Ian McCulloch spoke with much aplomb about what he feels is the rightful place in musical history for this standout track from the Ocean Rain album. "'The Killing Moon' is more than a song, it's about everything," the Echo & the Bunnymen frontman told Rolling Stone. "It's up there with 'Suzanne,' by Leonard Cohen, 'Blowin' in the Wind,' 'In My Life.' Every time I sing it I feel like, 'Whoa, something just happened there.'" McCulloch maintains that the rest of the Bunnymen shared this feeling about the song. "It's hard enough to get a band to agree and say, 'That's the one.' But with 'The Killing Moon,' everyone gets it" -- especially younger generations who discovered the baleful tune after it appeared in the 2001 cult classic film Donnie Darko.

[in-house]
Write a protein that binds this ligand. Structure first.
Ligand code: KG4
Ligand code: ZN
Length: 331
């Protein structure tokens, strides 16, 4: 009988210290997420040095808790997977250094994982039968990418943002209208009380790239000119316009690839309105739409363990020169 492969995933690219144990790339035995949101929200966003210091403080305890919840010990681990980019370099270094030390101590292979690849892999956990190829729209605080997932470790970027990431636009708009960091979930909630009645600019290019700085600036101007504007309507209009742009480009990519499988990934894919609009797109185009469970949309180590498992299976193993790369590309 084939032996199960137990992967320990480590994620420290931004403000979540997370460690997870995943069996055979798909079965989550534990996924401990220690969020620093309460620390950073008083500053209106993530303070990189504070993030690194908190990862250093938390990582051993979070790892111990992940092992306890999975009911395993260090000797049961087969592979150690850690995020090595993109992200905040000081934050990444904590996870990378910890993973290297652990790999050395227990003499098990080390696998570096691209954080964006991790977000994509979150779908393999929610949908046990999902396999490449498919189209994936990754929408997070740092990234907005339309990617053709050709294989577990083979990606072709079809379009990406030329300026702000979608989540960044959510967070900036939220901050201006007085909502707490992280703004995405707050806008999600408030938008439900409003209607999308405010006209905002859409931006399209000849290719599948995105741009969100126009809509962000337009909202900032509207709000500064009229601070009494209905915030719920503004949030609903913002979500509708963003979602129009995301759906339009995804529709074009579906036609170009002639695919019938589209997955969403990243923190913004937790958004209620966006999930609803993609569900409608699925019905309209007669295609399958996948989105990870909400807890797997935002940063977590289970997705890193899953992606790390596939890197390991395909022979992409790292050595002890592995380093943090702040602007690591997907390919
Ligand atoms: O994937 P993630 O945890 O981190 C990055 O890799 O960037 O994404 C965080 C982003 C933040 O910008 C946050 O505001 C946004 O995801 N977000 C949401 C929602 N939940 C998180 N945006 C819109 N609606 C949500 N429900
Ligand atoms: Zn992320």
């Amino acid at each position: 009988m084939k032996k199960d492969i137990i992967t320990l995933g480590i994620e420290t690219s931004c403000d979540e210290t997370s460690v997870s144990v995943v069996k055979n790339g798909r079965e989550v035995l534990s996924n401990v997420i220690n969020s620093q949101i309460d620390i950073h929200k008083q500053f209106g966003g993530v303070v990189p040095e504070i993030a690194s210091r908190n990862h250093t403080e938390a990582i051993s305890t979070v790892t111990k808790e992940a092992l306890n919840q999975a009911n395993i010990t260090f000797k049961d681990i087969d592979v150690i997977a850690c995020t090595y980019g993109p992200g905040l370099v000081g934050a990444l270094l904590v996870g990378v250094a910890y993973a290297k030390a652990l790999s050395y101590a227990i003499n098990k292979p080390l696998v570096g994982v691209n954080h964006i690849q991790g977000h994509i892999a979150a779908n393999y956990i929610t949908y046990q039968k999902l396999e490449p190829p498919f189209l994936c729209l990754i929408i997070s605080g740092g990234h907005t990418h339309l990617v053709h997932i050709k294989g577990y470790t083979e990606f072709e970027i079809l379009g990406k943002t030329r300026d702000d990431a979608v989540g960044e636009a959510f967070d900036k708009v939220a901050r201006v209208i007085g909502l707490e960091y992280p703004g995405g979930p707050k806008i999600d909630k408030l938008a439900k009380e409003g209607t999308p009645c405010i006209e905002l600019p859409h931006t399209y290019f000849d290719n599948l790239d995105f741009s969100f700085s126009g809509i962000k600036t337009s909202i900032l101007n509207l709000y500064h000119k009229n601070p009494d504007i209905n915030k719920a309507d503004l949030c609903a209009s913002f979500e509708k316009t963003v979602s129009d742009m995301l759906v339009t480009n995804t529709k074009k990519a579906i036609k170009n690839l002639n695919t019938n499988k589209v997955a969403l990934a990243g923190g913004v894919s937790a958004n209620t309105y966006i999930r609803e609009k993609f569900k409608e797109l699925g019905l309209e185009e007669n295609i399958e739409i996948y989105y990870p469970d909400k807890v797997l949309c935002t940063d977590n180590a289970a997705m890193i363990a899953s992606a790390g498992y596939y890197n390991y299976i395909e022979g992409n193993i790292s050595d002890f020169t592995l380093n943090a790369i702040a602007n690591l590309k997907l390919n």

“I don’t consider myself a great poet,” Prince told Rolling Stone. “I just know I’m here to say what’s on my mind.” In the case of the apocalyptic party anthem “1999,” he was worried about then-president Ronald Reagan’s foreign policies. The song’s melody is based on a riff borrowed from the Mamas and Papas’ “Monday, Monday,” and Prince originally envisioned the first verse with three-part harmony but later split the vocals between himself and members of the Revolution. Because Warner Bros., with whom Prince was locked in a contractual battle, owned the original’s masters, Prince rerecorded the song and appropriately released that version in 1999.